First Sunday of Advent (Year A)

Today’s congregation is sometimes perplexed as to why the Gospel reading for the First Sunday of Advent focuses on the second coming.

Astronomical Clock
Astronomical Clock. Image by Michael Curi via Flickr; licensed under CC BY 2.0.

November 27, 2016

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Commentary on Matthew 24:36-44

Today’s congregation is sometimes perplexed as to why the Gospel reading for the First Sunday of Advent focuses on the second coming.

The preacher can thus explain that beginning the liturgical season of Advent with the second coming reminds us that the work of the first advent (coming) of Jesus is not complete. The risen Jesus instructs (and empowers) the church to continue its witness until the second coming (Matthew 28:16-20).

Matthew has an end-time (apocalyptic) orientation, believing that history is divided into two ages — a present, evil age that God would soon replace with a new age (often called the realm of God or the realm of heaven). The old age is marked by the presence of Satan and the demons, and by idolatry, sin, injustice, exploitation, sickness, enmity between nature and humankind, violence, and death. The new age will be characterized by the complete rule of God and the angels, and by authentic worship, forgiveness, mutual support, health, blessing between nature and humankind, and eternal life.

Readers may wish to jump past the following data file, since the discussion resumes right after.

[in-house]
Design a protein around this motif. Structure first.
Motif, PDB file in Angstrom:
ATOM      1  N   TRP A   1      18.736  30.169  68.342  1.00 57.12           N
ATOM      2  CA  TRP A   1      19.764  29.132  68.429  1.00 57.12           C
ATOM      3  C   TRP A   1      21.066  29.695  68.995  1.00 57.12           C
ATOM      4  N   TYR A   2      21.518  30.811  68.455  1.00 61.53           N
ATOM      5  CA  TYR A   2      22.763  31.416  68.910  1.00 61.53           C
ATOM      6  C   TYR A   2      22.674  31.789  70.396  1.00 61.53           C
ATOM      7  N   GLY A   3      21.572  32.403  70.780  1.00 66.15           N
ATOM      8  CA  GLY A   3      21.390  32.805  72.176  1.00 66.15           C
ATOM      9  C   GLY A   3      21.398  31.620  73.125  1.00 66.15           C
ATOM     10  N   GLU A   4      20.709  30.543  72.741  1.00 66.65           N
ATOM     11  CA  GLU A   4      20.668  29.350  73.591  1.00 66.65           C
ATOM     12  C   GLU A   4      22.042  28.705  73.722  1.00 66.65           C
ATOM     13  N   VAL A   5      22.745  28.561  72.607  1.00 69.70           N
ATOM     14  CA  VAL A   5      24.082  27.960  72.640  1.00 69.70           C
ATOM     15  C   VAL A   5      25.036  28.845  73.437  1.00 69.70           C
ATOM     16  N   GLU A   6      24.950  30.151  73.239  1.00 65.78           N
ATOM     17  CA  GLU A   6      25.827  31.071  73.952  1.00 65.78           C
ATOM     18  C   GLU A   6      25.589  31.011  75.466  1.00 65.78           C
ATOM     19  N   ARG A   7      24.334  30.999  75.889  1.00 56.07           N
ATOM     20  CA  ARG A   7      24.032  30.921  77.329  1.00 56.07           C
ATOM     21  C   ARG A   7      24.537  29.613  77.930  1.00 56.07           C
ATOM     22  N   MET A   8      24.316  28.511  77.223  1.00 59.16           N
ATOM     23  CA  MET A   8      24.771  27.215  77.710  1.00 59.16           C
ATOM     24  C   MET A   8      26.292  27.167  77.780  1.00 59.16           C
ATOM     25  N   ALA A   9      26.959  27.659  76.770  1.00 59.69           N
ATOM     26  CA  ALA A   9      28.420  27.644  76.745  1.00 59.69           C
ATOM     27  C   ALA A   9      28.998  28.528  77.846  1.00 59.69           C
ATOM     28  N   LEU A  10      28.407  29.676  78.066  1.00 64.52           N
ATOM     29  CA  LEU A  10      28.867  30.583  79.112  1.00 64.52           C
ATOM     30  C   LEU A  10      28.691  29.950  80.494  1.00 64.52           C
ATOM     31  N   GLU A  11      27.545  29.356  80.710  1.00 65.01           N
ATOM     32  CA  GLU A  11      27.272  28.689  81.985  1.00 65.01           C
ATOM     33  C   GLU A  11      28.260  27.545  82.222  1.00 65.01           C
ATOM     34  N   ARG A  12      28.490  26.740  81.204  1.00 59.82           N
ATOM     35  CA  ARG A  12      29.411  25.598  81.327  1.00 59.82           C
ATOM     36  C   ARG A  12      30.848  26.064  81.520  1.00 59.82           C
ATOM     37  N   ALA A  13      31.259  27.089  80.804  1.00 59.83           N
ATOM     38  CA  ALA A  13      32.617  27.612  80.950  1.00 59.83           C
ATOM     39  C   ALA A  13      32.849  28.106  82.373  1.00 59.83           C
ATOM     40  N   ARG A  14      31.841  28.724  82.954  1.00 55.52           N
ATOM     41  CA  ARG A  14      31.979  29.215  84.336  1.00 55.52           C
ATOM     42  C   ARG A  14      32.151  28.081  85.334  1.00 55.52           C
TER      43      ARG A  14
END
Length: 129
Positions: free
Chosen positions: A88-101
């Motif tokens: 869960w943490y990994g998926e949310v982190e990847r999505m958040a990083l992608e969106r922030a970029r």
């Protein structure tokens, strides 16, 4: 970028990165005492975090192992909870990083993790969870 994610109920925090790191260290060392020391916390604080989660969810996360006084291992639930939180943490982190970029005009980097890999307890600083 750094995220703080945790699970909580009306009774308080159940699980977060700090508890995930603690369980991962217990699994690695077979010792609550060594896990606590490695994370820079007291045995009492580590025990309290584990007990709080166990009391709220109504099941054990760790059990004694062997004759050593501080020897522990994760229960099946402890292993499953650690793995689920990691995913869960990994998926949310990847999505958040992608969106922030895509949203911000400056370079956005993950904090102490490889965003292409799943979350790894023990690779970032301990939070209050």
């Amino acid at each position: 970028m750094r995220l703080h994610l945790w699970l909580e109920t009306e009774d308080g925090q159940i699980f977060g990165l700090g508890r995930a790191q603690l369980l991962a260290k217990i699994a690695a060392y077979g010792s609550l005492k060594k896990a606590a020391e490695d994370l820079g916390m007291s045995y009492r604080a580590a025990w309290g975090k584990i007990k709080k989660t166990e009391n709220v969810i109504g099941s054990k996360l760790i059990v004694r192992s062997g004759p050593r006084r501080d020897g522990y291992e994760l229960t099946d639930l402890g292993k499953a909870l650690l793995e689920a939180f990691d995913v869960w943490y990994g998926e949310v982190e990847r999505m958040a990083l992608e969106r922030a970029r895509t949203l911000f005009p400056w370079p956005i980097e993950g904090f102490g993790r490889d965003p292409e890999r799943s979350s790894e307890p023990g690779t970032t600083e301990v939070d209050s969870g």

For Matthew, God is acting through Jesus Christ to effect the change. The birth, life, and resurrection are the first phase of the transformation, with the complete manifestation arriving with the second coming. Meanwhile, Matthew’s community lives in a conflict zone between the ages. God calls the Matthean community to follow the instruction and model of the Matthean Jesus.

Some scholars affirm that many in Matthew’s congregation were losing confidence in the coming of the Realm. The apocalypse was delayed. Their witness was fading. Matthew wrote to encourage them to continue.

Matthew 24:1-31 employs stock apocalyptic language to say, “These signs indicate that you are living in the final chapters of history.” Matthew 24:32-44 underscores, “You cannot know the exact time of the final apocalypse, so you need to witness with intensity.” Matthew 25:1-46 then tells four interlocking parables to point the community toward Realm-like qualities of life necessary in the great transition.

According to Matthew 24:36, neither the angels nor even Jesus can know the precise time the apocalypse will occur. Only God knows.

Matthew 24:37-44 reinforces the idea that the community must “be ready.” In this context, to “be ready” is to continue to do what Jesus taught in the Gospel of Matthew. The community is to prepare for the final advent less by doing special things and more by living and witnessing as Jesus instructed. The liturgical season of Advent is an annual reminder of the importance of faithfully doing what Jesus said.

Matthew’s Gospel uses four examples to underscore the fact that the community cannot know when the cataclysmic event will occur. The first is from the days of Noah (Matthew 24:37-40). Before the flood, people carried on with their daily lives — eating, drinking, marrying. But they knew nothing about future events until, suddenly, “the flood came and swept them all away.” The listener would remember that the story of Noah in Genesis 6-8 calls attention to the unfaithful lives of many in Noah’s generation, a situation similar to that of Matthew’s own generation. But the emphasis on the reference to Noah in Matthew is on the sudden coming of the flood.